State Board of Agricultural Research and Education


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May 3, 2018, Fargo

The State Board of Agricultural Research and Education met for a regular meeting in the Auditorium of the Northern Crops Institute located on the campus of North Dakota State University in Fargo, ND on May 3, 2018, starting at 9:00 a.m. Board members in attendance were Mike Beltz, Mark Birdsall, Tracy Boe, Chris Boerboom, Ken Grafton, Lance Gulleson, Larry Hoffmann, Jerry Klein, Brian Leier, Sarah Lovas, Keith Peltier, Richard Roland, Dean Wehri and Tom Bodine for Doug Goehring. Members Absent: Dean Bresciani and JoAnn Rodenbiker.

Chairman Keith Peltier called meeting to order at 9:00 a.m. and welcomed members and guests. Members agreed to minor adjustments to agenda. A motion was made by Mike Beltz to approve the amended February 8, 2018 meeting minutes, seconded by Sarah Lovas. Motion carried. A motion was made by Larry Hoffman to approve the March 16, 2018 meeting minutes, seconded by Dean Wehri. Motion carried.

Administrative Update for the ND Agricultural Experiment Station (AES):             

Dr. Ken Grafton shared that Dr. Charles Mode, an alumni of NDSU, recently committed $1.5 million dollars to establish an Endowed Professorship in Genomics. Mode’s background in plant pathology, diseases, math and statistics lead to him developing groundbreaking models for estimating the spread of the AIDS disease. His most recent publication focuses on genomics and big data. Dr. Robert Brueggeman, NDSU Professor in Plant Pathology, is to be named the first holder of this endowed professorship. Grafton noted that his most recent NSF grant work is based upon Mode’s mathematical models in genetics, and his models are being confirmed in this sequencing research data.

AES and Extension were invited by the Governor’s office and the Office of Management and Budget for a strategic review meeting on May 17.

Administrative Update for the NDSU Extension Service (EXT):

Dr. Chris Boerboom listed several position updates. Current searches include the Extension beef specialist and weed science specialist positions. There is an offer out for a livestock specialist, based at the Central Grasslands REC. County agent recruitments include Grand Forks and Williams County; vacancies in McKenzie and Adams counties are being discussed with counties to determine the best way to fill these. Applications for the Interim Director are due May 8.

The farm bill changes potentially affecting NDSU Extension relate to the nutrition programs for families (SNAP). Funding for this passes to Extension which delivers the educational component of this program. Changes would pool SNAP and EFNEP program funds; overall dollars are not reduced but the distribution would change. The program budget would shrink by 30%, resulting in the loss of 3 to 4 positions, adversely impacting rural North Dakotans in need of this support. 

Extension announced their new name as “NDSU Extension.” A newly established 15-member citizen council has met; SBARE member JoAnn Rodenbiker has agreed to serve on the council.

Extension agents will meet with county commissioners this summer to provide updates and discuss educational efforts taking place in their communities, including programs, funding, agency collaborations, and the restructuring process.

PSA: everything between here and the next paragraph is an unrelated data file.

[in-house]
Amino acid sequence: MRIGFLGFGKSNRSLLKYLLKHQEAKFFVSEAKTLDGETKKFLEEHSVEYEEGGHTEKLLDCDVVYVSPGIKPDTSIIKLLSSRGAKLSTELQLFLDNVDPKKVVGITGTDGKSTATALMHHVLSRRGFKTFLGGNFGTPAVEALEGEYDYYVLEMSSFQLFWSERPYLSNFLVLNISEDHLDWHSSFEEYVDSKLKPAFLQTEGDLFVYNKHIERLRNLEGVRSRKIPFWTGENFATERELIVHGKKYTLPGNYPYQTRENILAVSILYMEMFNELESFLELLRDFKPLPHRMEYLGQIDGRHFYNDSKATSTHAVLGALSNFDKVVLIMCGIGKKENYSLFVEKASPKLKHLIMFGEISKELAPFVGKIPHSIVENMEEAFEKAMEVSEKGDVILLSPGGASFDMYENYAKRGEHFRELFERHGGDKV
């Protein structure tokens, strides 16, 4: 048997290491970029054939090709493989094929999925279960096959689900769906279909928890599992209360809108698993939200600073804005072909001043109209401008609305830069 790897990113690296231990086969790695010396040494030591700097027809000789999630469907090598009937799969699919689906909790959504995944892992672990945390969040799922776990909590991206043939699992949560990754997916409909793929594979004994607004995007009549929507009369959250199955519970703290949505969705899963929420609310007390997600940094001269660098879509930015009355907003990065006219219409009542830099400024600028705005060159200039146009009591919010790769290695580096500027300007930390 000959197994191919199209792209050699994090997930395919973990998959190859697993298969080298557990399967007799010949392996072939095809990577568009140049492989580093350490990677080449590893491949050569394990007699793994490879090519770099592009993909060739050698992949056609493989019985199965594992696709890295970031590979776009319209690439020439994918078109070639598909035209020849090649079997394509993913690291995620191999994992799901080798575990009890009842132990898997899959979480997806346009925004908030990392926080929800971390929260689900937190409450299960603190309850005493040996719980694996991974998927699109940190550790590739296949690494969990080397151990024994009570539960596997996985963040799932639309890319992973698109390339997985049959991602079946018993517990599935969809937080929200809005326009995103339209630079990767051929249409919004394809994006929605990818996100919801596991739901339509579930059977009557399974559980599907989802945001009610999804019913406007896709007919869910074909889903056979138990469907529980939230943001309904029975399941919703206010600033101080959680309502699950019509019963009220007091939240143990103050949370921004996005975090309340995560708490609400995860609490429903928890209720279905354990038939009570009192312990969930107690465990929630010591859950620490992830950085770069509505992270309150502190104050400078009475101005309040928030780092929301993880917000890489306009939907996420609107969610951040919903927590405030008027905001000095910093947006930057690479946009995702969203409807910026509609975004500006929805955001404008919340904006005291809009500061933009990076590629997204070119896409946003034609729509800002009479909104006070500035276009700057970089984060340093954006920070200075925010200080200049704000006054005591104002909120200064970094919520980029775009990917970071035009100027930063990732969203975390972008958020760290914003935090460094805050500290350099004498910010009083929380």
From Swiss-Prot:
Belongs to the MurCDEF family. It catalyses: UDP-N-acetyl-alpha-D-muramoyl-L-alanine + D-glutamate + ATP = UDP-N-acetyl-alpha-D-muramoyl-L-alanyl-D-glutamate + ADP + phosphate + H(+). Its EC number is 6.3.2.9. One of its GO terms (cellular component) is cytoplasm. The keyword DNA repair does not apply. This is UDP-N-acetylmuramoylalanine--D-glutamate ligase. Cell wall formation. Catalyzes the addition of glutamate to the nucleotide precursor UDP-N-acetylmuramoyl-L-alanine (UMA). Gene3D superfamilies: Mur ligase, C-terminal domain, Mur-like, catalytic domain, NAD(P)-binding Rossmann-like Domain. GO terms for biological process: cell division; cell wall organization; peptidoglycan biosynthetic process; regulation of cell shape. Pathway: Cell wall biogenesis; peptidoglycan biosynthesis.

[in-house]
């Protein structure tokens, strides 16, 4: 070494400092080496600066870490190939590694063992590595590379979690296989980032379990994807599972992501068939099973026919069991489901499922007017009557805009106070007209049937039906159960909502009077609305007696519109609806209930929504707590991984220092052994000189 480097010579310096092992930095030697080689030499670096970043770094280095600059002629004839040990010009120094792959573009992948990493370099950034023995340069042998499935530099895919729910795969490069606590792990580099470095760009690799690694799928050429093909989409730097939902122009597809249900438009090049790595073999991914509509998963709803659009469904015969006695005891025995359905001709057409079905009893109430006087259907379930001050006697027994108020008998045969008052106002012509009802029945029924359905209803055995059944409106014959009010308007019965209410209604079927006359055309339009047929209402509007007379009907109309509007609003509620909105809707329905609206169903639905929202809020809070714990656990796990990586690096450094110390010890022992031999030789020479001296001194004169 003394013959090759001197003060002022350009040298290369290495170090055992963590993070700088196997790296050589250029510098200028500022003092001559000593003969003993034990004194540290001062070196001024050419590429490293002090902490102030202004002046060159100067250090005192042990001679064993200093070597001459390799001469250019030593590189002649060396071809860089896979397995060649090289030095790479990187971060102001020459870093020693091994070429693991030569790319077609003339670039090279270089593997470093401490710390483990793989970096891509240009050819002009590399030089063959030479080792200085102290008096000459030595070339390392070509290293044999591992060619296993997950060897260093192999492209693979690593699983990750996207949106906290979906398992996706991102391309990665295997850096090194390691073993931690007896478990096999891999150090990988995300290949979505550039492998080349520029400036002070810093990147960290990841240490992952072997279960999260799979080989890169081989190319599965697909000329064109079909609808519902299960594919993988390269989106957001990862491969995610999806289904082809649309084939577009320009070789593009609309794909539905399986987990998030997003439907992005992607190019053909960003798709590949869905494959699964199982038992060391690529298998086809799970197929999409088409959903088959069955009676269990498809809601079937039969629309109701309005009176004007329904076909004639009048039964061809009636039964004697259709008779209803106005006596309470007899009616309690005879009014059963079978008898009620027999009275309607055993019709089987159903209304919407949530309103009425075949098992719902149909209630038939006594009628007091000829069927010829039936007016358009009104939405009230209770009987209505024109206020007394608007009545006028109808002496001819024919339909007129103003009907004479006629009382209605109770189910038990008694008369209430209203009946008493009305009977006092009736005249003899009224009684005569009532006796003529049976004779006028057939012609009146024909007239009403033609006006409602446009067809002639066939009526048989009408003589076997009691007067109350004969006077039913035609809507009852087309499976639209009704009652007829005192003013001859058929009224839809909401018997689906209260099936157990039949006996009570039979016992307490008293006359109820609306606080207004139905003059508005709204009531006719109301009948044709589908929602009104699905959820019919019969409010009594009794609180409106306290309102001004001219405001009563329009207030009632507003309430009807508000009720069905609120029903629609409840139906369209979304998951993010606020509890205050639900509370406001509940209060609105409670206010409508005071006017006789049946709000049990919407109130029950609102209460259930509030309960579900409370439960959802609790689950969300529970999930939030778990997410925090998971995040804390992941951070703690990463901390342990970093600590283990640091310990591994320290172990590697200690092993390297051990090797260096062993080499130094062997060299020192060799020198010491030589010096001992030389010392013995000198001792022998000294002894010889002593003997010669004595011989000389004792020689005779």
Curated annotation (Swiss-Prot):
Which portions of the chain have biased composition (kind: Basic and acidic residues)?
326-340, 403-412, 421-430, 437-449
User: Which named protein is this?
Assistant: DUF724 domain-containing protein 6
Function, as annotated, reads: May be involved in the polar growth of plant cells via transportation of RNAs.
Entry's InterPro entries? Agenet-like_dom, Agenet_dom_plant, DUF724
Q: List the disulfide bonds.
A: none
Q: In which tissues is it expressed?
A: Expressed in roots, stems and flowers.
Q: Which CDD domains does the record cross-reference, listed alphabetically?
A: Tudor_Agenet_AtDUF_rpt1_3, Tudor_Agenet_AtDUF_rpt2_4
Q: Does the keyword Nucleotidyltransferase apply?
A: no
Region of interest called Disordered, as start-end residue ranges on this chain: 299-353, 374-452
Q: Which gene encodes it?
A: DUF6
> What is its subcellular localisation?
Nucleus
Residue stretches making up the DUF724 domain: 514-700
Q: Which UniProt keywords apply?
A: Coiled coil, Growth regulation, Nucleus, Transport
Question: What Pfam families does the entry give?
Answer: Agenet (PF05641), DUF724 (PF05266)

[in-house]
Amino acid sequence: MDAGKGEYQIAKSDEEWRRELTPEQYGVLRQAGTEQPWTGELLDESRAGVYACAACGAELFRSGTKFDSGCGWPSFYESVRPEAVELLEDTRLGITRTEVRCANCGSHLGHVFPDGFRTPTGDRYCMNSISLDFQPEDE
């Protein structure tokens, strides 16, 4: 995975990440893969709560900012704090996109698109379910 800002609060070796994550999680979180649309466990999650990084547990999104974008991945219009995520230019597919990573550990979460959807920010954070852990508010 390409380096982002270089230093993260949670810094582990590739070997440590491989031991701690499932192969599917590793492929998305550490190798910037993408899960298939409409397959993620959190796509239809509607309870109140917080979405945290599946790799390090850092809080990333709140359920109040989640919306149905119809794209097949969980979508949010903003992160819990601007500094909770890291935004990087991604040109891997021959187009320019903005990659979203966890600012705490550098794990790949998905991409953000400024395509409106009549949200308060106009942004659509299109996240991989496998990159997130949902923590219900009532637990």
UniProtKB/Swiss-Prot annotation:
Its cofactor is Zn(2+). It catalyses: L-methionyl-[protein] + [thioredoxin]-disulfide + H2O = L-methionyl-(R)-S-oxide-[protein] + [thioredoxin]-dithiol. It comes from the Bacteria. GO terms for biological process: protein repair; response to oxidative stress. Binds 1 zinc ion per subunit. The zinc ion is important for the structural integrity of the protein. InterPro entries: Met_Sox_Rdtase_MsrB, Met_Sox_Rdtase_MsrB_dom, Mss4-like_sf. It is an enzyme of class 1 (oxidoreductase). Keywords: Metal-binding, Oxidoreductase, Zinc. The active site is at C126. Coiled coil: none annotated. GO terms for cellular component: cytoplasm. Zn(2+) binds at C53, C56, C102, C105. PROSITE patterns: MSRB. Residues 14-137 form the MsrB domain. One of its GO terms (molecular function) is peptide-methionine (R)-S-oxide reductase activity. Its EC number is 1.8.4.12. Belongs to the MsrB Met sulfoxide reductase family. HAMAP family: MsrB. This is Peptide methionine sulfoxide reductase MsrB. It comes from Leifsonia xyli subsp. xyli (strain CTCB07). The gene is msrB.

Request for Information from Governor’s Office

AES and EXT recently received a packet from the Governor’s office and Office of Management and Budget (OMB) with a number of questions requesting information on a wide variety of program information, including agency purpose, key metrics, hiring stats, attrition rate, and more. The Agronomy Seed Farm and Northern Crops Institute were also asked to report. AES and EXT will focus on their role in solving problems for ND farmers and agribusinesses, and show how funds are leveraged to partner with private industry. AES partnerships with the State Seed department, NCI, the Department of Agriculture, and NDSU are some examples.

Governor’s Budget Guidelines Discussion

Guidelines denote a 10% cut, with a contingency cut of an additional 3% to be outlined as well. The AES total reduction would be $8.9 million; in the last round AES suffered a reduction of $10 million causing a loss of 42 FTEs; a similar result could be expected again. Extension’s budget cut would be over $3 million; FTE predictions are harder to work out depending on the adjusted cost share figures that come out of the newly negotiated base policy. Estimates of this level of reduction indicate a potential for complete closure of entire swaths of Extension programs and the removal of a substantial number of Extension personnel.

AES Programmatic Initiatives Discussion and Vote

The AES programmatic initiatives were listed as of the last round of voting. 1) The `agribiome initiative’ will focus on plant and animal microbiome interactions; this request would modestly build on what is currently in place in AES research programs. AES is constantly being contacted for their information; recently Microsoft approached AES to get involved in developing a Smart Farm, which could possibly be located on or near the Agronomy Seed Farm. It would incorporate aspects of not only crops but also involve animal science aspects related to feedlot, grazing systems, and other research being done at AES facilities nearby. 2) The `precision ag research initiative’ will not only expand AES precision agriculture work but ideally would mesh well with cooperative efforts that the Smart Farm/Microsoft partnership could garner. 3) The `enhancing research capacity initiative’ is not a request to restore the budget; it addresses the inflationary costs that occurred 2017 to present, and anticipates those coming through 2020. Numerous commodity groups are interested in more engagement with the agribiome efforts.

Birdsall made a motion to form a Chair-appointed subcommittee to address educational efforts and form promotional material with a message about SBARE and the initiatives they are bringing forward, seconded by Lovas. Discussion included ideas such as visiting with stakeholders and legislators about the SBARE priorities and the stakeholder input, as well as the need to share information on the impact of these programs, starting with commodity groups. Motion carried.

All voting members received ballots containing the initiatives, and the Chair instructed them to vote in order of importance, from one to three, one being the highest priority. Ballots were collected and tallied.

Extension Programmatic Initiatives Discussion and Vote

The programmatic initiatives on which SBARE previously voted were briefly reviewed again. 1) Extension operational support, 2) farm safety education, 3) mobile crop protection lab and 4) precision ag education program. Voting members received ballots and voted in order of importance. Ballots were collected and tallied.

Extension’s One-time request